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The Student Voice of Forest Hills Central

The Central Trend

The Student Voice of Forest Hills Central

The Central Trend

The Student Voice of Forest Hills Central

The Central Trend

“The Court Jester” brings light to the purity that Richard Simmons strives to deliver to the world

The+poster+for+The+Court+Jester+is+one+that+certainly+draws+attention%2C+and+it+captures+the+essence+of+Simmons+as+an+entertainer.
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The poster for “The Court Jester” is one that certainly draws attention, and it captures the essence of Simmons as an entertainer.

As a child, I was a gymnast and therefore quite active; before that, I would get my activity in by watching dance workout tapes with my mom. 

We would convert the living room into a mini studio, pushing the tables aside to create a space big enough for us to move around freely. 

We couldn’t just watch any tape, though; it had to be Sweatin’ to the Oldies with Richard Simmons.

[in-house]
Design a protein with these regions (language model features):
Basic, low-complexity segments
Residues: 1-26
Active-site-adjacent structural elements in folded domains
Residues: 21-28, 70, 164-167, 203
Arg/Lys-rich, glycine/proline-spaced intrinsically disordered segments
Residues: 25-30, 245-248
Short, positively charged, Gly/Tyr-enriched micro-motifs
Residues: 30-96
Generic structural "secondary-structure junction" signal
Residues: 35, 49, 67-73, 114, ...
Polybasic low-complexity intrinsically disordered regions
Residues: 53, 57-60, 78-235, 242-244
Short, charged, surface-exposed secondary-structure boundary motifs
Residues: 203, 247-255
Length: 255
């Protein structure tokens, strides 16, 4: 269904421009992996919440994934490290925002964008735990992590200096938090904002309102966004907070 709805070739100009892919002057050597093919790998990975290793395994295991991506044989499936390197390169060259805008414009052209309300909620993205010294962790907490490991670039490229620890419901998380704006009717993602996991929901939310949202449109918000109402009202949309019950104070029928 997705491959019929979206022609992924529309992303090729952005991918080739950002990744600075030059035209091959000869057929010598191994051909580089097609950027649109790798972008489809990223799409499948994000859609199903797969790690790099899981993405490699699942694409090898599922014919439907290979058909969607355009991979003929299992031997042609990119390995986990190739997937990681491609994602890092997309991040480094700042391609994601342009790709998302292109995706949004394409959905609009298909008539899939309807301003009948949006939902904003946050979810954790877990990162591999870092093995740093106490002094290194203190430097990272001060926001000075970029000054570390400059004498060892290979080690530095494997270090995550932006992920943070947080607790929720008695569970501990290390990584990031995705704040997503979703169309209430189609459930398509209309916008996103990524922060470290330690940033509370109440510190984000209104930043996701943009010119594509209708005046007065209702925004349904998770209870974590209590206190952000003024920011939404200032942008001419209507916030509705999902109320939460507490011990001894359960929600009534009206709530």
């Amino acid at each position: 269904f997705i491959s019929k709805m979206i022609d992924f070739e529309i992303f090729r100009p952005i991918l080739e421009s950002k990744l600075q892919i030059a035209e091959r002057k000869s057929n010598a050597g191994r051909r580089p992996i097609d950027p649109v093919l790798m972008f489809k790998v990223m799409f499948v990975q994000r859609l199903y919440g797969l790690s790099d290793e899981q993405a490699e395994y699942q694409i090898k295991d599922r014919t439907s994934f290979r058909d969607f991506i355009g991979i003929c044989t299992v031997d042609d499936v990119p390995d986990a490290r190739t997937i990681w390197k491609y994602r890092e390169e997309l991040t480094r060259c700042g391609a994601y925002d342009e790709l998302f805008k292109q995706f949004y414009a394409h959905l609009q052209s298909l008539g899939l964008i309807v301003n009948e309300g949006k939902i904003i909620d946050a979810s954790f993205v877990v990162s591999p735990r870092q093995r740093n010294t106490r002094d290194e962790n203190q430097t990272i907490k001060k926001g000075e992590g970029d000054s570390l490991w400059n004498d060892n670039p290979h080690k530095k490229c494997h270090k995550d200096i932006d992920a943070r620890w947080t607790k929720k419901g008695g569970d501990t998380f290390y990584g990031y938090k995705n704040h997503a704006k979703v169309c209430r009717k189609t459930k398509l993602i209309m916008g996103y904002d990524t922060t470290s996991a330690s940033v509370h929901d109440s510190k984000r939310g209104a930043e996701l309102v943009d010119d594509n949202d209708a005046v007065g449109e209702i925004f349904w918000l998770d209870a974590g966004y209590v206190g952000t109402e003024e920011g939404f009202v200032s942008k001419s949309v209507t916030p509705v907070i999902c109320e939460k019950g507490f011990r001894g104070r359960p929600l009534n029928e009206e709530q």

As two music fanatics, we were always fascinated by the classics featured in the tapes; “Big Girls Don’t Cry,” “It’s My Party,” and “The Locomotion” were always my favorites. His flamboyant and lively spirit—and the token 1980s short shorts—have always made us smile, and perhaps, the most beautiful thing about him has always been his heart for others.

We’ve always had a deep love for Richard Simmons, even after his mysterious—albeit temporary and controversial—disappearance from the public eye in 2014.

Theories had arisen about the reason for such an abrupt change in his societal presence, ranging from “he’s having a health crisis” all the way to “his housekeeper is holding him hostage.” 

In 2022, he broke his silence in a brief Facebook post and continued to occasionally inform the public that he was well. In an exciting turn of events for such avid fans as my mother and me, in January of this year, he became more active on his platform than ever, posting daily reminders of one’s worth and little stories to make his followers smile. 

Almost any quote from Simmons is centered around self-love, from “You are worth it” to “Count your blessings. You are one of a kind. There’s no one in the world like you. You are amazing.”

It was all a pure and wholesome return to the social world—until it was announced that there would be a short film biopic coming out about him, starring Pauly Shore, titled “The Court Jester.”